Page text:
Long-chain omega-3 fatty acid deficiency is a common feature associated with depression. Over 30 peer-reviewed papers have been published over the last decade, suggesting that increasing omega-3 levels and restoring the body’s natural omega-6 to omega-3 ratio has significant health benefits, and major benefits for depression sufferers. The ratio of EPA to DHA within fish oil is of significance when establishing the efficacy of a supplement in the treatment of depression; the higher the EPA to DHA content, the greater the efficacy; EPA has to be in excess of DHA to show benefits. Therefore oils containing DHA may not be suitable for the treatment of depression and may explain the lack of efficacy with the use of generic fish oils.
The ethyl-EPA in Pharmepa STEP 1: RESTORE is prescription-strength and especially concentrated, with DHA removed to ensure optimal efficacy. Ethyl-EPA has been shown to offer effective support for mood balance, stress relief and the regulation of inflammatory products, balancing the mood-regulating neurotransmitters tryptophan and serotonin. Taken at a dosage of 1 gram daily for three months and as effective as antidepressants in its actions, ethyl-EPA is becoming recognised as a safe, convenient treatment for depression and without the negative side effects associated with conventional medication.
With its high EPA content we recommend Pharmepa STEP 1: RESTORE at 1-2 capsules daily, because it’s suitable for counteracting omega-3 deficiencies and restoring a healthy omega-6 to omega-3 ratio. For those individuals with a sub-optimal AA:EPA ratio and low omega-3 index, high dose E-EPA is not only beneficial for increasing omega-3 levels and raising the omega-3 index, but is particularly effective in restoring the AA:EPA ratio, with favourable outcomes on long-term health. Once an optimal AA:EPA ratio and omega-3 index is achieved, switching to Pharmepa STEP 2: RESTORE can provide the key ingredients for the long-term maintenance of healthy omega-3 and omega-6 levels. For children we recommend Vegepa E-EPA 70 Chewables. Adults and children aged eight years and over should take 4-6 capsules daily. For vegetarians, our Echiomega supplement provides a more effective solution than flaxseed oil, with higher conversion to the important long-chain fatty acid EPA. Adults and children aged twelve years and over should take between 2 and 4 capsules daily.
Conklin SM, Runyan CA, Leonard S, Reddy RD, Muldoon MF & Yao JK. (2010) Age-related changes of n-3 and n-6 polyunsaturated fatty acids in the anterior cingulate cortex of individuals with major depressive disorder. Prostaglandins Leukotrienes and Essential Fatty Acids 82:111-9.
Frangou S, Lewis M, & McCrone P. (2006) Efficacy of ethyl-eicosapentaenoic acid in bipolar depression: randomised double-blind placebo-controlled study. British Journal of Psychiatry 188: 46-50.
Hibbeln JR. (1998). Fish consumption and major depression. Lancet 351: 1213.
Horrobin DF. (2001) Phospholipid metabolism and depression: the possible roles of phospholipase A2 and coenzyme A-independent transacylase. Human Psychopharmacology 16:45-52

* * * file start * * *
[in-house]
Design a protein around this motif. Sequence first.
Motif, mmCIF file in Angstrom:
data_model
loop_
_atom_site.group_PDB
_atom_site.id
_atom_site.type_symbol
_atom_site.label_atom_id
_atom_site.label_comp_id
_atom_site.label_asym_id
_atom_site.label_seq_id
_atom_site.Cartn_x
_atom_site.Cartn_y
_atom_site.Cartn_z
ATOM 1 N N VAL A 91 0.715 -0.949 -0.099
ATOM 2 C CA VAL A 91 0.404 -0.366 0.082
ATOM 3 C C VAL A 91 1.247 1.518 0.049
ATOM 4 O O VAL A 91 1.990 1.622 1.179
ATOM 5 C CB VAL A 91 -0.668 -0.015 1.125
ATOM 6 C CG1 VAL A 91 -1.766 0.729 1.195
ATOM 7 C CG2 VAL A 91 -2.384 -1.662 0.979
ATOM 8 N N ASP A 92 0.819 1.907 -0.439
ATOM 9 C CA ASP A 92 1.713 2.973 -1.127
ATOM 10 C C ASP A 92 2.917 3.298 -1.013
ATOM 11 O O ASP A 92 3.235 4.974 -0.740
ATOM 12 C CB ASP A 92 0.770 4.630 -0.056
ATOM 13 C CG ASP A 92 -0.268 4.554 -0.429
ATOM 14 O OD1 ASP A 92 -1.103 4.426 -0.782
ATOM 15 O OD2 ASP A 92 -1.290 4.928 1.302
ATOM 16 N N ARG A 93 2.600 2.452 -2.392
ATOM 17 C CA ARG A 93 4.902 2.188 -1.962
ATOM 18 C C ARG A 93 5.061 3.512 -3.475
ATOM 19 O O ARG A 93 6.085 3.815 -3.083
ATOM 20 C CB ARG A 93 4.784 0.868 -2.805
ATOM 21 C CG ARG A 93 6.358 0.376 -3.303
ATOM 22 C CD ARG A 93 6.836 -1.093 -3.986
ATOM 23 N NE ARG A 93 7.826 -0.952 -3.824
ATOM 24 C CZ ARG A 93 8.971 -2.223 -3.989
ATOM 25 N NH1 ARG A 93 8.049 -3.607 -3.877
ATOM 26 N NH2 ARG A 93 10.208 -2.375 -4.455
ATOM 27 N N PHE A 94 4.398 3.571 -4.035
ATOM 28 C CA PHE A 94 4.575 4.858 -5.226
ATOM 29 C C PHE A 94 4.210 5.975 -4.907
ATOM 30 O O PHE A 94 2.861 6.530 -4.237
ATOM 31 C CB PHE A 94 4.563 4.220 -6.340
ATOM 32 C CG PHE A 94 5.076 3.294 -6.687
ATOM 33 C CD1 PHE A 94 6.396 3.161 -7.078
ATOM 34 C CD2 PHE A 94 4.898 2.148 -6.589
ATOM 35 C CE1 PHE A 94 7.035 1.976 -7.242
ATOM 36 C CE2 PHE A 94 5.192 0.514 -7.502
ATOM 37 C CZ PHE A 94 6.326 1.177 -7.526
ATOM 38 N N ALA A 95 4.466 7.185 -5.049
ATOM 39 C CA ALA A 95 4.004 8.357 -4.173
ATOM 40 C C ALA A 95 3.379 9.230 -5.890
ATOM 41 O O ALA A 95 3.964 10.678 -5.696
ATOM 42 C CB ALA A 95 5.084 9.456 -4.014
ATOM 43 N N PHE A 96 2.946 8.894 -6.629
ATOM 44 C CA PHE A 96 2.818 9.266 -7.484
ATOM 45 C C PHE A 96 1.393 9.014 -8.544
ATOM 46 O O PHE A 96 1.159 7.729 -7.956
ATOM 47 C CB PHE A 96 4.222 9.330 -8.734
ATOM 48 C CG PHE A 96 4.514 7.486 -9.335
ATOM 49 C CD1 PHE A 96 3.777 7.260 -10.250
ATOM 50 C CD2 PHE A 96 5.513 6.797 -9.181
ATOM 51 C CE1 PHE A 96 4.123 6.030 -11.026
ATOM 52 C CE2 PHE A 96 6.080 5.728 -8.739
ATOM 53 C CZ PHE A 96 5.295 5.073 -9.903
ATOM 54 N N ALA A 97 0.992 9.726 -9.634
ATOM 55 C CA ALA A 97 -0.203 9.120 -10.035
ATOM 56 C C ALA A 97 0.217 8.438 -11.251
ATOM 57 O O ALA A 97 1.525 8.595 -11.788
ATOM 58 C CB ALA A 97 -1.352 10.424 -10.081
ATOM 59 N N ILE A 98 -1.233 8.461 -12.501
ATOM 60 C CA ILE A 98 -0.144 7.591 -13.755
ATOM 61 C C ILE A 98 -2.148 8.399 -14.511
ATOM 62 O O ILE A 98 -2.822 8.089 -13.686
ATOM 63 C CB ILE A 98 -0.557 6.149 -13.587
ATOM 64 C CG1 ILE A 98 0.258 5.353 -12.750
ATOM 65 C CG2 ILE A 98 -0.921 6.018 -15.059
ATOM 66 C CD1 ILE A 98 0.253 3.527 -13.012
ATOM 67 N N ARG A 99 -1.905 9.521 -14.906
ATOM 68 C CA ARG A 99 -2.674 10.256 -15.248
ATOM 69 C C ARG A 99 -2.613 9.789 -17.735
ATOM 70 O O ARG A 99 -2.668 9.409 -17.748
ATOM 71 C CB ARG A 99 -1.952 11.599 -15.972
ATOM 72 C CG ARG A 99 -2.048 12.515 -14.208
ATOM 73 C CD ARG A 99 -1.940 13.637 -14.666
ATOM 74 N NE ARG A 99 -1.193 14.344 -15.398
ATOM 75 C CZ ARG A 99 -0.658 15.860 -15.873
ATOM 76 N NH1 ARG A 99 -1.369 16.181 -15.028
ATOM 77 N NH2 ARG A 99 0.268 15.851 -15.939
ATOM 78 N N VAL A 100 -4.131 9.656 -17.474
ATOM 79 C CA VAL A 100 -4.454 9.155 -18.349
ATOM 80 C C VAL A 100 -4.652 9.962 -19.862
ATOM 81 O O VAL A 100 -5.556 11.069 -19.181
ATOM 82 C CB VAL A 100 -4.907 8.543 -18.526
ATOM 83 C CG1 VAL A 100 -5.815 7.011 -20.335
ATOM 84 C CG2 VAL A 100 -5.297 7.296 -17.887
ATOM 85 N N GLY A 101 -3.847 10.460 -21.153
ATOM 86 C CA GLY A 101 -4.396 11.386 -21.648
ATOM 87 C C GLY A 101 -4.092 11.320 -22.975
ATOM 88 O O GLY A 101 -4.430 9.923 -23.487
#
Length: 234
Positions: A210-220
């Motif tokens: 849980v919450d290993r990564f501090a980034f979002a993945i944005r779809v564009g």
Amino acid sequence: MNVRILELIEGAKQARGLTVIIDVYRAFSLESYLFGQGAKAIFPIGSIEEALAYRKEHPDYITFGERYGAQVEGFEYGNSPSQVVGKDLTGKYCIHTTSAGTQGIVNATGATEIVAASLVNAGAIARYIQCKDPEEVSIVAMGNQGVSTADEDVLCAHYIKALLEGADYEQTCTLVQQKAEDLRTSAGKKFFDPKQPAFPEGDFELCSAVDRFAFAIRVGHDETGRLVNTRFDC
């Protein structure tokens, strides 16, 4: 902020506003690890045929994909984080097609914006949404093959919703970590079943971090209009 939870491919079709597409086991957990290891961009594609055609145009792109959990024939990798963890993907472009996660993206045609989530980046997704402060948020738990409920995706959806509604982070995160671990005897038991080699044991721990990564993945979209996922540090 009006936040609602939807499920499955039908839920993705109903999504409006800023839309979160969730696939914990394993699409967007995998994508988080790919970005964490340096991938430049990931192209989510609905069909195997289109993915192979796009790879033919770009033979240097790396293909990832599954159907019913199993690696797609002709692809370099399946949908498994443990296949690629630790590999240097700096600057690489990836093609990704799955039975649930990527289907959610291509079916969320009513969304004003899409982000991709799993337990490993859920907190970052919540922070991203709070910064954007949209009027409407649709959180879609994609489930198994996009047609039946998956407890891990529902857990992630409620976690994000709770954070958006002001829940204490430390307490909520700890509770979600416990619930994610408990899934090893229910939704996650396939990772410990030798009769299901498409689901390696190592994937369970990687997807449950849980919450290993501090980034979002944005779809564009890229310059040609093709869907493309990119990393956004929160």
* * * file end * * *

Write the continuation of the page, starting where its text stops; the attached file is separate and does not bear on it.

Jazayeri S, Keshavarz SA, Tehrani-Doost M, Djalali M, Hosseini M, Amini H, Chamari M & Djazayery A. (2010) Effects of eicosapentaenoic acid and fluoxetine on plasma cortisol, serum interleukin-1beta and interleukin-6 concentrations in patients with major depressive disorder. Psychiatry Research 178:112-5.
Jazayeri S, Tehrani-Doost M, Keshavarz SA, Hosseini M, Djazayery A, Amini H, Jalali M & Peet M. (2008) Comparison of therapeutic effects of omega-3 fatty acid eicosapentaenoic acid and fluoxetine, separately and in combination, in major depressive disorder. Australian and New Zealand Journal of Psychiatry 42:192-8.
Martins JG. (2009) EPA but not DHA appears to be responsible for the efficacy of omega-3 long chain polyunsaturated fatty acid supplementation in depression: evidence from a meta-analysis of randomised controlled trials. Journal of the American College of Nutrition 28:525-42. Review.
Martins JG, Bentsen H & Puri BK. (2012) Eicosapentaenoic acid appears to be the key omega-3 fatty acid component associated with efficacy in major depressive disorder: a critique of Bloch and Hannestad and updated meta-analysis. Molecular Psychiatry [Epub ahead of print]
McNamara RK. (2011) Long-Chain Omega-3 Fatty Acid Deficiency in Mood Disorders: Rationale for Treatment and Prevention. Current Drug Discovery Technologies [Epub ahead of print]
Peet M & Horrobin DF. (2002) A dose-ranging study of the effects of ethyl-eicosapentaenoate in patients with ongoing depression despite apparently adequate treatment with standard drugs. Archives of General Psychiatry 59: 913-919.
Puri BK & Boyd H. (2004) The Natural Way to Beat Depression: The Groundbreaking Discovery of EPA to Change Your Life. Hodder Mobius: London.
Puri BK, Counsell SJ, Hamilton G, Richardson AJ & Horrobin DF. (2001). Eicosapentaenoic acid in treatment-resistant depression associated with symptom remission, structural brain changes and reduced neuronal phospholipid turnover. International Journal of Clinical Practice 55: 560-563.
Puri BK, Counsell SJ, Richardson AJ & Horrobin DF. (2002). Eicosapentaenoic acid in treatment-resistant depression. Archives of General Psychiatry 59: 91-92.
Sublette ME, Ellis SP, Geant AL & Mann JJ. (2011) Meta-analysis of the effects of eicosapentaenoic acid (EPA) in clinical trials in depression. Journal of Clinical Psychiatry 72:1577-84.
Tanskanen A, Hibbeln JR, Tuomilehto J, Uutela A, Haukkala A, Viinamaki H, Lehtonen J & Vartiainen E. (2001) Fish consumption and depressive symptoms in the general population in Finland. Psychiatric Services 52:529-31